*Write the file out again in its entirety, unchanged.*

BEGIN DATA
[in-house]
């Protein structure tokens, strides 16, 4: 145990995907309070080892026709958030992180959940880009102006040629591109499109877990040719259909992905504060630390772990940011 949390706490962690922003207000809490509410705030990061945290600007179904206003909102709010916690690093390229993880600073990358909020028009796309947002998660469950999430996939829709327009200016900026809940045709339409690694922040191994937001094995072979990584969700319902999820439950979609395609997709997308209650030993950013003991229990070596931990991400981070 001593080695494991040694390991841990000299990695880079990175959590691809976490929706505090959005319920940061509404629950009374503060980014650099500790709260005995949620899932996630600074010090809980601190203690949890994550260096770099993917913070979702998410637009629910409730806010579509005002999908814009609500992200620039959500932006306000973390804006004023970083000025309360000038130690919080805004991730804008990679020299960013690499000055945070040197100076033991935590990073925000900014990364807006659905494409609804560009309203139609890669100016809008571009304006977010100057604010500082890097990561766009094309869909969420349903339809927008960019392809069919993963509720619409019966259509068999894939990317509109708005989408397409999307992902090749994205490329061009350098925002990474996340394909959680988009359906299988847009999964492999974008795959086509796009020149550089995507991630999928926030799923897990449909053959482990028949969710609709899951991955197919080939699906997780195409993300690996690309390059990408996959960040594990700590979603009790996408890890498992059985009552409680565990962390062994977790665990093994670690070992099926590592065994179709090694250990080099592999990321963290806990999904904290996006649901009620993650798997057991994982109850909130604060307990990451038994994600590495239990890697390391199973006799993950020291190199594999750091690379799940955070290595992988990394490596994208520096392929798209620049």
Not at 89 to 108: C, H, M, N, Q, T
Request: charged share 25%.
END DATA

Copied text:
[in-house]
């Protein structure tokens, strides 16, 4: 145990995907309070080892026709958030992180959940880009102006040629591109499109877990040719259909992905504060630390772990940011 949390706490962690922003207000809490509410705030990061945290600007179904206003909102709010916690690093390229993880600073990358909020028009796309947002998660469950999430996939829709327009200016900026809940045709339409690694922040191994937001094995072979990584969700319902999820439950979609395609997709997308209650030993950013003991229990070596931990991400981070 001593080695494991040694390991841990000299990695880079990175959590691809976490929706505090959005319920940061509404629950009374503060980014650099500790709260005995949620899932996630600074010090809980601190203690949890994550260096770099993917913070979702998410637009629910409730806010579509005002999908814009609500992200620039959500932006306000973390804006004023970083000025309360000038130690919080805004991730804008990679020299960013690499000055945070040197100076033991935590990073925000900014990364807006659905494409609804560009309203139609890669100016809008571009304006977010100057604010500082890097990561766009094309869909969420349903339809927008960019392809069919993963509720619409019966259509068999894939990317509109708005989408397409999307992902090749994205490329061009350098925002990474996340394909959680988009359906299988847009999964492999974008795959086509796009020149550089995507991630999928926030799923897990449909053959482990028949969710609709899951991955197919080939699906997780195409993300690996690309390059990408996959960040594990700590979603009790996408890890498992059985009552409680565990962390062994977790665990093994670690070992099926590592065994179709090694250990080099592999990321963290806990999904904290996006649901009620993650798997057991994982109850909130604060307990990451038994994600590495239990890697390391199973006799993950020291190199594999750091690379799940955070290595992988990394490596994208520096392929798209620049």
Not at 89 to 108: C, H, M, N, Q, T
Request: charged share 25%.